Today the city streets are quiet, and the parish office is dark, but we are gathered in this well-lit place at God’s altar. On this Labor Day we thank God for the gift of honest work. The green vestments I’m wearing might remind us of dollar bills, and the laborer certainly deserves his pay. But the fundamental purpose of labor is not to make money. God has given us strength and intelligence to glorify His awesome majesty, and to build up a well-ordered human community. A man once told Mother Teresa that he would not do what she was doing (picking worm-infested people out of Calcutta’s gutters) “for a million bucks.” She replied, “neither would I.”

Today’s Gospel from Matthew 6 just happens to contain these words: “You cannot serve both God and mammon.” Either we work for money, or we work for the sheer joy of serving the Almighty’s perfect will. “Therefore,” Our Lord continues in His Sermon on the Mount, “I say to you: do not worry about your life, what you will eat, nor for your body, what you will wear…. Consider the lilies of the field, how they grow. They neither labor nor do they spin,” and yet God provides for them. How could our labor improve on God’s natural beauty, and yet He commands us to join Him in sacred work. Honest work is our privilege, and today we celebrate labor by thanking God, first of all, for giving us the capacity to build and to plant.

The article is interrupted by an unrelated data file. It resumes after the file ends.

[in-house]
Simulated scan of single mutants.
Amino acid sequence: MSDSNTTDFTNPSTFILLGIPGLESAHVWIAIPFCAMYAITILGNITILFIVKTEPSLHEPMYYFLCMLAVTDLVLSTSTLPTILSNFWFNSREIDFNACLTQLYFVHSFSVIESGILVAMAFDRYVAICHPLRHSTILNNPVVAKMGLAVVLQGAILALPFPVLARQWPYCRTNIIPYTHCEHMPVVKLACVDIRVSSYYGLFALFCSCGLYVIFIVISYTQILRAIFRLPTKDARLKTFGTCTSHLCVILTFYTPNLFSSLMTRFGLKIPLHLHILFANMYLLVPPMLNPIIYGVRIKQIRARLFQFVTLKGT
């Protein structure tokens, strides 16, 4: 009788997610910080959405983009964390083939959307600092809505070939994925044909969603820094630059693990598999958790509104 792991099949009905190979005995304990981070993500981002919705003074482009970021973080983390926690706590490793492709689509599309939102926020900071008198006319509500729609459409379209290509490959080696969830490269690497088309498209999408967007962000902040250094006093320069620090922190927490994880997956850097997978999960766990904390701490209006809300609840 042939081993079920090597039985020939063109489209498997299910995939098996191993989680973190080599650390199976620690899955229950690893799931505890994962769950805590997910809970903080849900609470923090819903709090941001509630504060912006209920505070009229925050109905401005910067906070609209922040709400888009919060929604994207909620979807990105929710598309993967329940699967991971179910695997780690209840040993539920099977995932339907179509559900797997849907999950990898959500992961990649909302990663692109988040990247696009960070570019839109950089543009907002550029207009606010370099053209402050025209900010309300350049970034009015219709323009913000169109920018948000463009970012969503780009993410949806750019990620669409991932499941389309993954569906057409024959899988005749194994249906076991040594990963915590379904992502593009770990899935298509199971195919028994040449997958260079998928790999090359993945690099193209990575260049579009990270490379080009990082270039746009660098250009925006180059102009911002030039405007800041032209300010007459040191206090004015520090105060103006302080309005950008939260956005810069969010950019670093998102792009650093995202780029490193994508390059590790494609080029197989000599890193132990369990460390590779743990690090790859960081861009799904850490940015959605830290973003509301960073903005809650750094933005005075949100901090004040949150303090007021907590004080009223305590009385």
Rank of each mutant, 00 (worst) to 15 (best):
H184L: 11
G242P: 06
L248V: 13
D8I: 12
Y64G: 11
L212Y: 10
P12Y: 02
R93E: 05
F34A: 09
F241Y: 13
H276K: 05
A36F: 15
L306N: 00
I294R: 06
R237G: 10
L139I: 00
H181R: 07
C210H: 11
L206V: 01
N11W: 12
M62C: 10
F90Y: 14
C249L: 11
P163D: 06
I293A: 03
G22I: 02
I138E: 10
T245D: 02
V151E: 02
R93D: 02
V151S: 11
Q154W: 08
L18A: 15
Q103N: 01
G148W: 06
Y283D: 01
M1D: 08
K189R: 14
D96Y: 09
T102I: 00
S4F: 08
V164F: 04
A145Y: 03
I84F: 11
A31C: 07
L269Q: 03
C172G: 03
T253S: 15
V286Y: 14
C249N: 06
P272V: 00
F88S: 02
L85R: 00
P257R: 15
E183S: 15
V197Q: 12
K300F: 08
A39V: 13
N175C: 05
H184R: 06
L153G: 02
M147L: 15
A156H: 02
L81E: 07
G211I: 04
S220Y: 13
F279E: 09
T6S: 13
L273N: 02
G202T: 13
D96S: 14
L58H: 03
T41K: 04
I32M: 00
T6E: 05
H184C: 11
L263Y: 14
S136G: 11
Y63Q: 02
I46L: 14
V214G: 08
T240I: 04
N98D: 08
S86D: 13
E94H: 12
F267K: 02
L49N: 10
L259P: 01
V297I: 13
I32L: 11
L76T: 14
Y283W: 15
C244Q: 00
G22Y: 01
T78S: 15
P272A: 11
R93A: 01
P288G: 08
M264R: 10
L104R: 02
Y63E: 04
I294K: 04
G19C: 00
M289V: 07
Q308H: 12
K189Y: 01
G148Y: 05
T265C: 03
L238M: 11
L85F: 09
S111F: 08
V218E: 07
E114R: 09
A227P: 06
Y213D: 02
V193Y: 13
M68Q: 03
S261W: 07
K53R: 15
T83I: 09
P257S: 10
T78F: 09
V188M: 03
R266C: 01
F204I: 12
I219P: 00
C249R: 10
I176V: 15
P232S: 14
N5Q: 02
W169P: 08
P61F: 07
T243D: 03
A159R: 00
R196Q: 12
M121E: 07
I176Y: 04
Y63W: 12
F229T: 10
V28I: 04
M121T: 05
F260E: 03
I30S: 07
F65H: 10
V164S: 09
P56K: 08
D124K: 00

The work is God’s, not man’s. A friend of mine here in San Francisco is an illegal immigrant. He has been trying to get a “work permit” for several years, begging the government permission to join America’s labor force. The bigger the U.S. government gets, the harder it is to get a work permit. Certainly governments must do their best to rightly order the societies entrusted to their oversight. But “it is better to trust in God than to trust in men,” as every piece of money in our country states: “In God we trust.” Government can only do so much to order our lives, and truly the government that governs least governs best. In the words of St. Philip Neri, “He who wishes to be perfectly obeyed, should give but few orders.”

Today’s Mass includes these words in the gradual, from Psalm 117: “It is better to trust in the Lord, than to trust in men. It is better to trust in the Lord, than to trust in princes.” We don’t have “princes” in America, but we do have 20 million government employees. They do the best they can, I’m sure, but their ability to regulate labor, and every other aspect of our lives together, is quite limited. Obey just laws, certainly, and respect civil servants, but put not your absolute trust in anyone but God. “Seek ye first the Kingdom of God, and His justice” Jesus tells us in today’s gospel, “and all these things shall be added unto you.”

From Father Illo’s blog. Illo is pastor of Star of the Sea parish in San Francisco.